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"Westmont students definitely keep the lights on." A look at the relationship between Dune Coffee and Westmont students.

Views 24 | Time to read: 4 minutes | Uploaded: 9 - 26 - 2019 | By: Kiani Hildebrant

Dune Coffee is a place that brings smiles to all that go, whether for coffee or conversation. It’s a place filled with Westmont students, both past and present. Dune’s mission is to “never stop getting better, to find more special coffees, to support these producers who provide us all with a delicious cup. By never compromising the care of quality, we are honoring the hard work throughout the supply chain, from the producer’s hand to ours to yours.”

Over 10 years ago, Julia Mayer, owner and co-founder, started Dune Coffee with only an espresso machine in a retail building in downtown Santa Barbara. Since then it has expanded to three locations in Santa Barbara County, including State Street, Anacapa Street, and Goleta. Zoe Ortiz, a manager at the Anacapa Cafe,said, “[Mayer] is literally a dream, rainbows and magic all the time. I could not work under a better person. She’s the life of Dune, she comes up with the ideas and everyone makes it happen.”

Mayer is a local from Carpinteria. Ortiz said, “[Mayer] loves the people and the community. She really cares about the people she works for. I think that’s why it works so well. And that’s why we care about the people we serve. She pours into us so we can pour into the community.” A big part of that community is current and graduated Westmont students.
Ortiz, the coffee, and the rest of the workers are the reasons that Westmont students keep coming back. Lindsay Park, a Westmont ‘19 alumna, said, “Dune physically is visually pleasing for its customers, from the branding, to the take out mugs, to the general style of the workers. It all makes the customers want to buy into the experience of Dune Coffee.”

But why do Westmont students buy into it? Fourth-year Leah Bloom said, “Coffee culture at Westmont is interesting, it’s definitely a progression. Freshman year everyone has a chemex and will go watch the sunrise and take a instagram video. As they get older and used to the city they become less coffee snobs and figure out what they actually like.”

Ortiz said, “Westmont students definitely keep the lights on.” She thinks a couple reasons explaining why, specifically for the Anacapa site, are the good vibes, the friendly environment, lots of available seats, and a convenient parking lot especially for downtown Santa Barbara. Bloom said, “It’s a good place to go because it’s close to a lot of things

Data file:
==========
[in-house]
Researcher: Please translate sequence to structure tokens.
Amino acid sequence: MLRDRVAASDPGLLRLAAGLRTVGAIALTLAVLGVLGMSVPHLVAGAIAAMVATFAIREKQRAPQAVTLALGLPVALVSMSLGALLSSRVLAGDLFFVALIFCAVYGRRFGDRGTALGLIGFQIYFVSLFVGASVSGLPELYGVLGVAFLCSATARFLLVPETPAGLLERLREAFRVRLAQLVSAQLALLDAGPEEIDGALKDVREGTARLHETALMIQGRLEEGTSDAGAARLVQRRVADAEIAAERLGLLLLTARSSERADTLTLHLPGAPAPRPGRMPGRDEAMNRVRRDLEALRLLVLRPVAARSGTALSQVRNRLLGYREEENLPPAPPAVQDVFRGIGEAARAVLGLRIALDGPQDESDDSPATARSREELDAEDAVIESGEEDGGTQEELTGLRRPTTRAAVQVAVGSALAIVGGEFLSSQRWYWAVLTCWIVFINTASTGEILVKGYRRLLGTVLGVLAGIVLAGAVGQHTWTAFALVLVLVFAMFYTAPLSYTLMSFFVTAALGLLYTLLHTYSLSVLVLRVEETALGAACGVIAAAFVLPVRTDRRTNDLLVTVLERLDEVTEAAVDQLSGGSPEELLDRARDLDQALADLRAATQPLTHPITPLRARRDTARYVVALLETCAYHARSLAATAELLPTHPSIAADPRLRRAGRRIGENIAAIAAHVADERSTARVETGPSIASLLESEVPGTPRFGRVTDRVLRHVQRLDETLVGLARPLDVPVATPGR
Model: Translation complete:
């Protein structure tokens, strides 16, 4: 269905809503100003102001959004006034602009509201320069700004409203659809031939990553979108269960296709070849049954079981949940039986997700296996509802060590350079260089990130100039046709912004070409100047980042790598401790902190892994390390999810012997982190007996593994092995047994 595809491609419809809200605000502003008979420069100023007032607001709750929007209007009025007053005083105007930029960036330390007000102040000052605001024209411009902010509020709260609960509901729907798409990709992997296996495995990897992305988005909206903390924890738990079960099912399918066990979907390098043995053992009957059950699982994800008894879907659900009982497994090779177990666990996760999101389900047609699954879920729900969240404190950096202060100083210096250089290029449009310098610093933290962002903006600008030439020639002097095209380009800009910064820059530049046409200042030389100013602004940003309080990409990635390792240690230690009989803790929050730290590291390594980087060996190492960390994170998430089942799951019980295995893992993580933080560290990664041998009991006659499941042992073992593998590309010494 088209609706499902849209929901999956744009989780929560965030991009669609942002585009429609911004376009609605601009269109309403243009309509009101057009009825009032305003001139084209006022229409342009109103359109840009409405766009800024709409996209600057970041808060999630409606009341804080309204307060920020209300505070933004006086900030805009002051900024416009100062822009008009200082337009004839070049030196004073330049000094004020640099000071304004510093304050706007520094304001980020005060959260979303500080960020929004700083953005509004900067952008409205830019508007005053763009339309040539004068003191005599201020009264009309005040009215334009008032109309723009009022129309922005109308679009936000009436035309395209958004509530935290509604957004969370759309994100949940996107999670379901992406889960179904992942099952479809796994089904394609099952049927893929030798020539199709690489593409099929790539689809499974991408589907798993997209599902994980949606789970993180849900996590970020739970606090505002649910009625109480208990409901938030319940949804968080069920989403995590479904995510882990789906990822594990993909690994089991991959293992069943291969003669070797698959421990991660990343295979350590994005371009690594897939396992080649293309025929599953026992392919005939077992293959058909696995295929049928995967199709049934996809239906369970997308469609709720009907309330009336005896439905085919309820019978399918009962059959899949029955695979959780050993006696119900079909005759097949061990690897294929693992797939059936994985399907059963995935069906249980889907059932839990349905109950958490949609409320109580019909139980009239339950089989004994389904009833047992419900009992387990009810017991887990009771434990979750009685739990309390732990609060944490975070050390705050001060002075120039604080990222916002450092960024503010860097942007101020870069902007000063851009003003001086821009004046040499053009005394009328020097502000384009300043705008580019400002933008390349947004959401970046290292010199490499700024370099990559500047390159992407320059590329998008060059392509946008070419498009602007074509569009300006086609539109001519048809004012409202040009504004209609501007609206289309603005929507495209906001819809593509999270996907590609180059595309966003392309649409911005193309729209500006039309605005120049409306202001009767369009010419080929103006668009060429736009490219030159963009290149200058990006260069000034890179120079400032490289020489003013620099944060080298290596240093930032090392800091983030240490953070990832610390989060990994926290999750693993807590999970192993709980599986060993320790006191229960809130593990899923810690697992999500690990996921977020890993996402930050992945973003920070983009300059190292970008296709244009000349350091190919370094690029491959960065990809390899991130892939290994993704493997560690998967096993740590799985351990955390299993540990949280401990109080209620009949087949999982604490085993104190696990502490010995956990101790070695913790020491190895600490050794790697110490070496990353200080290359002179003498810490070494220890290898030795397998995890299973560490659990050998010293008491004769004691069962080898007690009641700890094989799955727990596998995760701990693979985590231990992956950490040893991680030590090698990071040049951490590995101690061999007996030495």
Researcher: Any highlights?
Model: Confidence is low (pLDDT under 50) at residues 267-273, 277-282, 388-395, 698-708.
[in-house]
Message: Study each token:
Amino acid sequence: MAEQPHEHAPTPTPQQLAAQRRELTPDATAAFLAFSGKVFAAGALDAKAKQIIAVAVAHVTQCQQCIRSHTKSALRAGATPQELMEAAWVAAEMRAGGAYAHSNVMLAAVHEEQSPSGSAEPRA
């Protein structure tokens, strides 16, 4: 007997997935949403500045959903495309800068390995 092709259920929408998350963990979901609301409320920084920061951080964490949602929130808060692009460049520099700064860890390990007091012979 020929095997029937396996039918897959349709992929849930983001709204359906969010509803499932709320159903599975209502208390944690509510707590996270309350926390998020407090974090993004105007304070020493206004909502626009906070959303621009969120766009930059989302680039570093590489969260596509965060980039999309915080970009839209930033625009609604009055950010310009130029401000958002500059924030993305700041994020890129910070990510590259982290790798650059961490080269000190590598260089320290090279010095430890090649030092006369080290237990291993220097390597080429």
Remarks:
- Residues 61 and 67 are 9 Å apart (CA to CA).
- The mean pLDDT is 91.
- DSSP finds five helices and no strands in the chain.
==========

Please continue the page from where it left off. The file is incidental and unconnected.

[being by State Street]. It’s easy to navigate the rest of the city from it.”
The Anacapa Dune Coffee is the closest and most-established cafe coming out of Montecito. Bloom said, “Westmont is centered around an intentional community. A lot of friendships are developed over coffee dates.”
Jordan Douthit, a third-year, said, “I go to coffee shops to get out of my room, and to get off-campus. It’s a way to talk to our Santa Barbara community and get out of Montecito. I truly feel like I’m part of the community, it makes me feel like a real person.”
Dune Coffee takes special care in not only acknowledging the community but also the process of making coffee. They send an employee to each coffee producer, “in order to create a friendship that is as authentic as possible,” said Ortiz. Although this tends to lead to higher prices, Westmont students and other customers are willing to pay for it.

Park said, “[Dune is] sustainable and conscious from where they get their beans. It is more expensive, downtown Santa Barbara and all, but it is a nice experience and you’re getting high quality products.”

“I like supporting the local businesses,” said Douthit. And that is what Dune Coffee is. Ortiz said, “We are locally loyal. ‘The Duniverse’ is going to keep growing and expanding.” Changing their name from French Press to Dune Coffee is fresh new chapter for this coffee shop, one in which Westmont students will undoubtedly continue to play a role.


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